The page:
“Apple was reportedly made aware of the FaceTime bug more than a week before it took action, prompting the New York Attorney General to probe into the matter.”
After all the concerning circumstances that Apple has been going through of late, it now finds itself in hot waters again, owing to the FaceTime privacy bug that was recently made public. Now, the office of the New York State Attorney General, Letitia James, will be launching an investigation to the circumstances of the FaceTime bug, while primarily focusing on why Apple didn’t act on it sooner than it did.
The general public was made aware of the FaceTime bug very recently, where it was found out that due to a flaw in iOS that probably came in after the iOS 12.1 update, users with vile intentions could make FaceTime calls to a device, and using a simple trick, could snoop in on the recipient of the call, even if he/she did not receive it. This is a potentially sensitive threat, since it would allow people to take advantage of the bug and listen to users, who did not intend to receive the call.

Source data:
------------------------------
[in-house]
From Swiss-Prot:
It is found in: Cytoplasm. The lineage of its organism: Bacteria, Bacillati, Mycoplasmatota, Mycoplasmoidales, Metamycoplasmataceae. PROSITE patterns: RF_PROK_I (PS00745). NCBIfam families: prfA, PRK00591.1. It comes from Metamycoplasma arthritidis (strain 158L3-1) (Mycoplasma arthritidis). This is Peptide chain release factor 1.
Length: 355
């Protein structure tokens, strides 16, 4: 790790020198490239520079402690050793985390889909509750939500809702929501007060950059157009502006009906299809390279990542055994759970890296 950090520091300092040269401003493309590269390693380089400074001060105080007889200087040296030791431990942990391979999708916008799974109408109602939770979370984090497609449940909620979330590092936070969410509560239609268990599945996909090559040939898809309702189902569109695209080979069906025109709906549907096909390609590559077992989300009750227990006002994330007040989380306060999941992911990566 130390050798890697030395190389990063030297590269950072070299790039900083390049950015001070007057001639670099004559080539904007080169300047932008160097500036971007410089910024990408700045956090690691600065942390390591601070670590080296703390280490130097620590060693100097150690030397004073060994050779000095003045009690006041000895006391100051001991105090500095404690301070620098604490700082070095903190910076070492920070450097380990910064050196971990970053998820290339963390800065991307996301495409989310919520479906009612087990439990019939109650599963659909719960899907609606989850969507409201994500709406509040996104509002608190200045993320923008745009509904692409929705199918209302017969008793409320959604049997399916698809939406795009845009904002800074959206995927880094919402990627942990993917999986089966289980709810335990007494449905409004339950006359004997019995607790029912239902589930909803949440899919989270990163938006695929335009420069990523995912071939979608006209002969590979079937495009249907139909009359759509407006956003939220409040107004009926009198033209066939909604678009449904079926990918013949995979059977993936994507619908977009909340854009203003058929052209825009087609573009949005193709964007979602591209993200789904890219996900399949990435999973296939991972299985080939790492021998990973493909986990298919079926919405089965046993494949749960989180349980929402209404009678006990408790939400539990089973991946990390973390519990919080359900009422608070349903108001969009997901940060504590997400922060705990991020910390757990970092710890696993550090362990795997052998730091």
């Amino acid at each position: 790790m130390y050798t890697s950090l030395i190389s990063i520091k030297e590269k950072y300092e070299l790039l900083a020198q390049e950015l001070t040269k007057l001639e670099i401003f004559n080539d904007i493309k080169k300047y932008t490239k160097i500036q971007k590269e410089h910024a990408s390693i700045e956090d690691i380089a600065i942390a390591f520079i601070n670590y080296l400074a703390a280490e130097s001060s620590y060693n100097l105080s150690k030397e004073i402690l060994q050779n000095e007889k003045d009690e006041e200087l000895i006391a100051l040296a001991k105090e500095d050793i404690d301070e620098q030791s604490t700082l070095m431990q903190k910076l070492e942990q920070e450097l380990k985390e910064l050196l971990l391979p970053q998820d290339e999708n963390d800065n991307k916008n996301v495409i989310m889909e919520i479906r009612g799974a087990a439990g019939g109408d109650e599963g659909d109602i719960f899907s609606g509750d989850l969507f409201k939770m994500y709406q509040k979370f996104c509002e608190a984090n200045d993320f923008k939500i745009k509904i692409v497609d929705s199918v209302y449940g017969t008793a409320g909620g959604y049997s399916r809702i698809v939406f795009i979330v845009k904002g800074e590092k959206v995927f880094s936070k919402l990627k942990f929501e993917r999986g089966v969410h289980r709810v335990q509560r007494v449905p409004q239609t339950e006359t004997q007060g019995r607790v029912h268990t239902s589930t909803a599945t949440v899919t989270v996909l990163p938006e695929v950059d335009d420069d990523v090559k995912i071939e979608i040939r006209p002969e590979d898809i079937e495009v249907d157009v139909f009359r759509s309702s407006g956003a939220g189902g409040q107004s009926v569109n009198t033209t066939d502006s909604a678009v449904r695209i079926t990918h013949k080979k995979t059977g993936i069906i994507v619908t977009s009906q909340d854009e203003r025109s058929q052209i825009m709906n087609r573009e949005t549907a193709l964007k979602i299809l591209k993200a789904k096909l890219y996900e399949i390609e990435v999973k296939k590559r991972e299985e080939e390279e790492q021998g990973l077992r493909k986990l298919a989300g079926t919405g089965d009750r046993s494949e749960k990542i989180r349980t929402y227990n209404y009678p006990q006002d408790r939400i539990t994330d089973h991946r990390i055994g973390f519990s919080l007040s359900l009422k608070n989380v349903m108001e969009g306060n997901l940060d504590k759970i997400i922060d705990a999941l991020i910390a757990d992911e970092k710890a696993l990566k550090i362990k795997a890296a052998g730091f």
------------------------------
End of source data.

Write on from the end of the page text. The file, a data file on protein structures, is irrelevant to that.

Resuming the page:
Apple was reportedly made aware of the bug more than a week prior to it becoming public, following which it finally disabled the Group FaceTime feature — which was being used to enable the audio on the other end of the call. New York Governor, Andrew Cuomo, issued a consumer statement urging them to disable iOS’ proprietary (and rather popular) video calling service. He said, “The FaceTime bug is an egregious breach of privacy that puts New Yorkers at risk. I am deeply concerned by this irresponsible bug that can be exploited for unscrupulous purposes.“
Many legislators in USA have since called for the need to establish a data privacy bill, which would comprehensively lay out ground rules of user data capturing and stringent privacy control. Seeing how reliant the world has become on the technology stalwarts, gadgets such as the iPhone are no longer indulgences or tools for the tech-savvy population. This, in turn, should call for more responsibility on behalf of those who make the products. The probe on Apple’s lack of prompt action will be centered around this factor itself.
That said, seeing that no sensitive data was possibly leaked, along with the lack of legislation on privacy of data, it seems unlikely that Apple may face severe consequences based on this.